1. Quasi-programmed (hyperfunction-driven) apoptosis. In this case, atrophy is
secondary to signal resistance due to mTOR overactivation. For example, in
insulin-secreting beta-cells overactivated by nutrients and insulin, mTOR
causes cellular hypertrophy/hyper- plasia/hyperfunction
and secondary insensitivity to IGF-1 and deactivation of Akt, leading to
beta-cell death [130,175,176]. mTOR-dependent hyperfunction and hypertrophy
of beta-cells, may eventually culminate in cell loss and decline of function
[177,178]. Similar quasi-programmed apoptosis could be observed in the muscle,
the immune system and subcutaneous adipocytes. Apoptosis is programmed in
development but quasi-programmed in aging. Also, strong hyper-mitogenic drive
can force post-mitotic neurons into the cell cycle leading to apoptosis in
Alzheimer disease [179-184]. Importantly, cellular senescence is associated
with both hyper-mitogenic drive and death in mitosis, explaining this phenomenon
2. Hyper-stimulation-driven cell exhaustion. For example, mTOR overactivation [68,185,186] or growth factor stimulation  drives exhaustion of stem cells and ovarian oocytes [188-191]
3. Poor wound-healing could be due to signal resistance secondary to cellular aging and hyperglycemia .
4. Metabolic-self destruction due to hyper-active TOR. [108,193,194]
5. Common atrophy is secondary not to aging itself but to age-related diseases. This is disease-driven atrophy, the end point of some diseases. This is so far away from initial cause that it is completely unrelated to aging and is mTOR-independent. Let me provide two examples. Atherosclerosis of the femoral artery can cause not only atrophy but even gangrene of the feet. Atrophy is very common in ischemia due to atherosclerosis. As another example, hip fracture in an elderly person often leads to prolonged immobilization. Muscle atrophy is secondary to immobilization, which is secondary to the broken hip, which is secondary to osteoporosis, which is secondary to hyperfunction of osteoclasts… and so on. This is disease-driven atrophy. Atrophy is common because it is secondary to diseases. This further supports the thesis that there is no healthy aging (healthy aging is no aging or very slow aging).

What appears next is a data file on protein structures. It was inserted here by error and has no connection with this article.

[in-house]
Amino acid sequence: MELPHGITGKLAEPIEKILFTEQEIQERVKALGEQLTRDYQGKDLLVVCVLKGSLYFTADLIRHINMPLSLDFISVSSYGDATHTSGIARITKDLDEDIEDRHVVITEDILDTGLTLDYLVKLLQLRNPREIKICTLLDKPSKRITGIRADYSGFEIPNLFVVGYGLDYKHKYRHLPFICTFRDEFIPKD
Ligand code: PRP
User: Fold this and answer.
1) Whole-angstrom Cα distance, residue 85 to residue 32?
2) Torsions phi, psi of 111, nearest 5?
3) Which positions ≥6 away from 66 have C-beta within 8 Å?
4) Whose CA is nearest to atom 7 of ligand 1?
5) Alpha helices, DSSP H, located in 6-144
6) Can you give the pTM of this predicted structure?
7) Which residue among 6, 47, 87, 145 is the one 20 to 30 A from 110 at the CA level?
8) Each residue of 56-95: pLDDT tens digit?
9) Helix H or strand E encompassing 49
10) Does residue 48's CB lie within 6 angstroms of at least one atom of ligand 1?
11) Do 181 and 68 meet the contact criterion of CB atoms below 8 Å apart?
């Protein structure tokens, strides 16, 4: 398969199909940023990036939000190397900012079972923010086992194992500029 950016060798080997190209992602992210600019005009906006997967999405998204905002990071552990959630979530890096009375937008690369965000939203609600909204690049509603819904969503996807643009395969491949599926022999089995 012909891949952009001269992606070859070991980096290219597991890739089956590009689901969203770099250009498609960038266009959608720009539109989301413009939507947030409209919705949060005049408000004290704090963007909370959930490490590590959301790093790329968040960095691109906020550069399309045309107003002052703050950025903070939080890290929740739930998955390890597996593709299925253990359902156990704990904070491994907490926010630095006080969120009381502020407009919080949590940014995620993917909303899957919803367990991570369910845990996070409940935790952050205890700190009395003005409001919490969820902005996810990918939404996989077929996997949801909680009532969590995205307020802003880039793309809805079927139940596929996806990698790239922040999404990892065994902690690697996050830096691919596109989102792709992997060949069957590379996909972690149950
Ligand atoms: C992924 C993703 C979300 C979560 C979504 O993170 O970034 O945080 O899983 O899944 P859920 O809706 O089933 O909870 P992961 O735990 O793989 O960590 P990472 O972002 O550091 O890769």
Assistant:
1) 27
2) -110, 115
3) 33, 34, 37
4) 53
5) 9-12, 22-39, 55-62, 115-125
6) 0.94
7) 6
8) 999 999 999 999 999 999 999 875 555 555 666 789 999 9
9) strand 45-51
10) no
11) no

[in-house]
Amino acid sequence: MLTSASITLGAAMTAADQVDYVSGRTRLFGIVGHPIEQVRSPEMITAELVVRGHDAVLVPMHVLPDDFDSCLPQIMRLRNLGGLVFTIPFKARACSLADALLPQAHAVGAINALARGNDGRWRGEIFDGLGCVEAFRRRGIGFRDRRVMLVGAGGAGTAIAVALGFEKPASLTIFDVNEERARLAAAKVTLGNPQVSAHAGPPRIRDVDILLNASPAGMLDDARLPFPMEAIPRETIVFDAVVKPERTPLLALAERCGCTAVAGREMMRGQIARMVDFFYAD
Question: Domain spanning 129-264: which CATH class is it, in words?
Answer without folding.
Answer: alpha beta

Argument 5:When cellular hyperfunction causes atrophy, there must be molecular mechanisms such as interaction of ligand with receptor, protein aggregation and so on. More specifically, the critic claims that "an overproduced ligand may over stimulate or desensitize a receptor"  For example, an overproduced ligand may over stimulate or desensitize a receptor, and an overabundant protein may aggregate and interfere with intracellular trafficking, or co-precipitate with and thus withdraw essential cell constituents. First, this is still an example of hyper-function. Importantly, rapamycin alleviates toxicity of different aggregate-prone proteins  and decreases aggregate-prone proteins [196-200]Second, this is not molecular damage but signal transduction. In contrast, the molecular damage theory is about life long accumulation (!) of random (!) molecular damage due to failure of repair/maintenance (!). As emphasized by Kirkwood, "the aging process is caused by the gradual buildup of a huge number of individually tiny faults - some damage to a DNA strand here, a deranged protein molecule there, and so on" .